Showing posts with label recycling. Show all posts
Showing posts with label recycling. Show all posts

Monday, 25 August 2014

An old Singer sewing machine reborn

A few weeks ago a friend gave me the huge gift of a Singer 201 treadle sewing machine. I am not a sew-er (yet) but I have fallen in love with these old sewing machines. They are such well made machines (how many cars are still going after almost eighty years?) and they have a certain grace and beauty about them. I restored one for myself several years ago, then one for my youngest daughter last year (she likes to sew). Now I have a new project to play with.

First some background.......
Singer sewing machines in general.
The 201-1 specifically
The cabinet (model 46)

Finding her age and place of birth.....
Her serial number is; EC664342. The SingerCo site says she was made on 6th March, 1940 in Clydebank, Scotland, making her 74 years old this year.

How to refurbish the old girl.......
A very useful blog
Another useful blog with detailed pictures
A great source of parts for all sorts of sewing machines

My first move was to oil all the inner workings with 5 in 1 oil (Singer oil is better, but I didn't have any), this let me feel where the sticky bits are as I turn the wheel and treadle the peddle (so to speak). I also wiped the old girl down with a rag and 5 in 1 oil to start the cleaning process.
She was in fairly good shape; just needing a spray of kerosene in the inner workings to ungum all the moving parts. Basically I squirt kerosene into all the oil holes, remove the face plate and inspection plate then squirt some kerosene in there too and drip some around any moving parts. After sitting like this overnight I wipe her all down with clean rags, take off any bits that still look grotty and scrub them with an old toothbrush (and kerosene of course).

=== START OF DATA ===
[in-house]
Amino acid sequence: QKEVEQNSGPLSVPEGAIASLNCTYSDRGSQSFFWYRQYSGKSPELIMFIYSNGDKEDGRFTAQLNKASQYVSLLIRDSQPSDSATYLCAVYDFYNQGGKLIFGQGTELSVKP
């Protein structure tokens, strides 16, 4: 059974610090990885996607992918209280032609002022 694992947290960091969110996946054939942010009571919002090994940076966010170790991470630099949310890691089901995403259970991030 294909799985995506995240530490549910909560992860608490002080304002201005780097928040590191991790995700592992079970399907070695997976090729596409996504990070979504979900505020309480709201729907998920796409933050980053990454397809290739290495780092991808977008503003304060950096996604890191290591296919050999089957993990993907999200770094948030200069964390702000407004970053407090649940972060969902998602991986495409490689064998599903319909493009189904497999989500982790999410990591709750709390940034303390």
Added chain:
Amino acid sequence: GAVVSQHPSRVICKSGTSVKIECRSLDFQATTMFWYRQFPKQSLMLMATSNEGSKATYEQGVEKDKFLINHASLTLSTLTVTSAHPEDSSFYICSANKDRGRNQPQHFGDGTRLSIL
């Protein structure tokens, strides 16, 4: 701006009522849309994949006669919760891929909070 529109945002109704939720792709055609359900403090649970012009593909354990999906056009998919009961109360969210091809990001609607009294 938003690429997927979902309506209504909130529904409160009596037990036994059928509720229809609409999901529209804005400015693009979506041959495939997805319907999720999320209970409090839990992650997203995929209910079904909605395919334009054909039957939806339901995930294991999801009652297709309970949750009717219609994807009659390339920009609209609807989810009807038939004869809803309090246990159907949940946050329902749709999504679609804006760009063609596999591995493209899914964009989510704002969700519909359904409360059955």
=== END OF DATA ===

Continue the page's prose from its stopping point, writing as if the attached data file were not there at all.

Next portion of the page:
The next step is replacing any worn parts; she only needed a new bobbin winder ring, drive belt and some new needles and bobbins.

Last of all is the fiddly bits; cleaning and calibrating the tension assemblies. The upper tension needed new thread take up and beehive springs (don't you love the names of these parts). I took it apart very carefully and laid each part out in order so I wouldn't get confused. I cleaned all the bits and replaced the worn parts with new ones in the line up. Then I put it all back together again, as indicated by the handy tutorial.
Of course it didn't work... after a few dozen more tries and an hour poring over the tutorial, I finally realised that I had the tension indicator on back to front (the thing with the plus and minus signs on it). After that it was plain sailing.

The lower tension/bobbin case area was easy to take apart and clean. I just followed the tutorial (a different one this time) and cleaned her up, there was a lot of dirt and lint in there.
The upper tension unit removed, look at all that dirt.

The bits that make up the upper tension assembly, hope I can put it back together.

The lower tension assembly with the bobbin case removed

The bobbin case and feed dogs, all in need of a clean
The next step is to try her out, I thought I would make a new peg bag. Then I will set her all up with;
A users manual
a pincushion and pins
spare bobbins
spare needles
a cleaning brush
a bottle of 5 in 1 oil
spare reels of black and white cotton
a tailors measuring tape

And most importantly...a name. I am thinking Daisy (what do you think?)
I plan to sell the old girl on to someone who will love her and use her to make beautiful things.
How much is she worth?

Friday, 22 August 2014

Making rag rugs, a use for worn out fabric